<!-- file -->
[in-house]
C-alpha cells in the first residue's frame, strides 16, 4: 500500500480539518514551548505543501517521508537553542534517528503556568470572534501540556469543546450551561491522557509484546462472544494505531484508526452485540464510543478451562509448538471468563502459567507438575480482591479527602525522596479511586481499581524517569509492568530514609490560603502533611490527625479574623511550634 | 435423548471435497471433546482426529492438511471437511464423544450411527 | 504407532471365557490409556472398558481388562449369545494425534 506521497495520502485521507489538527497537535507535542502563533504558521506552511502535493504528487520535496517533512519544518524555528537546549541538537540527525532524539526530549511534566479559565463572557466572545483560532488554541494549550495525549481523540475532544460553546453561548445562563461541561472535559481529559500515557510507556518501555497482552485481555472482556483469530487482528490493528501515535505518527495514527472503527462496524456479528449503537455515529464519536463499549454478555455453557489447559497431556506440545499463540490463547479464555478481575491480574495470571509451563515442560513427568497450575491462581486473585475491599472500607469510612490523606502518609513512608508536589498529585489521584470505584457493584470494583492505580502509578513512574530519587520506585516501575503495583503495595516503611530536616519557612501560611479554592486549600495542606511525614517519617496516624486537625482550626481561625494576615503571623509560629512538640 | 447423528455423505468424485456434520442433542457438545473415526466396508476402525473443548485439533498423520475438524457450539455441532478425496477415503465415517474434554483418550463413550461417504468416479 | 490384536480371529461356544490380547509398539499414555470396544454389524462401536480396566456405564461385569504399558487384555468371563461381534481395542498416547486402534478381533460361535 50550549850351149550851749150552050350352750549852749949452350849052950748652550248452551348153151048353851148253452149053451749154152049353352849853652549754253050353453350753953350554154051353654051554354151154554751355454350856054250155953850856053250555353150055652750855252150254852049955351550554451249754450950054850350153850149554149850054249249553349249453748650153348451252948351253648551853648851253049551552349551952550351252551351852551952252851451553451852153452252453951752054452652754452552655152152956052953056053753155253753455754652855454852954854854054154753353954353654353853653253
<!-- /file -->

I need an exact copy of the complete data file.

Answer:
[in-house]
C-alpha cells in the first residue's frame, strides 16, 4: 500500500480539518514551548505543501517521508537553542534517528503556568470572534501540556469543546450551561491522557509484546462472544494505531484508526452485540464510543478451562509448538471468563502459567507438575480482591479527602525522596479511586481499581524517569509492568530514609490560603502533611490527625479574623511550634 | 435423548471435497471433546482426529492438511471437511464423544450411527 | 504407532471365557490409556472398558481388562449369545494425534 506521497495520502485521507489538527497537535507535542502563533504558521506552511502535493504528487520535496517533512519544518524555528537546549541538537540527525532524539526530549511534566479559565463572557466572545483560532488554541494549550495525549481523540475532544460553546453561548445562563461541561472535559481529559500515557510507556518501555497482552485481555472482556483469530487482528490493528501515535505518527495514527472503527462496524456479528449503537455515529464519536463499549454478555455453557489447559497431556506440545499463540490463547479464555478481575491480574495470571509451563515442560513427568497450575491462581486473585475491599472500607469510612490523606502518609513512608508536589498529585489521584470505584457493584470494583492505580502509578513512574530519587520506585516501575503495583503495595516503611530536616519557612501560611479554592486549600495542606511525614517519617496516624486537625482550626481561625494576615503571623509560629512538640 | 447423528455423505468424485456434520442433542457438545473415526466396508476402525473443548485439533498423520475438524457450539455441532478425496477415503465415517474434554483418550463413550461417504468416479 | 490384536480371529461356544490380547509398539499414555470396544454389524462401536480396566456405564461385569504399558487384555468371563461381534481395542498416547486402534478381533460361535 50550549850351149550851749150552050350352750549852749949452350849052950748652550248452551348153151048353851148253452149053451749154152049353352849853652549754253050353453350753953350554154051353654051554354151154554751355454350856054250155953850856053250555353150055652750855252150254852049955351550554451249754450950054850350153850149554149850054249249553349249453748650153348451252948351253648551853648851253049551552349551952550351252551351852551952252851451553451852153452252453951752054452652754452552655152152956052953056053753155253753455754652855454852954854854054154753353954353654353853653253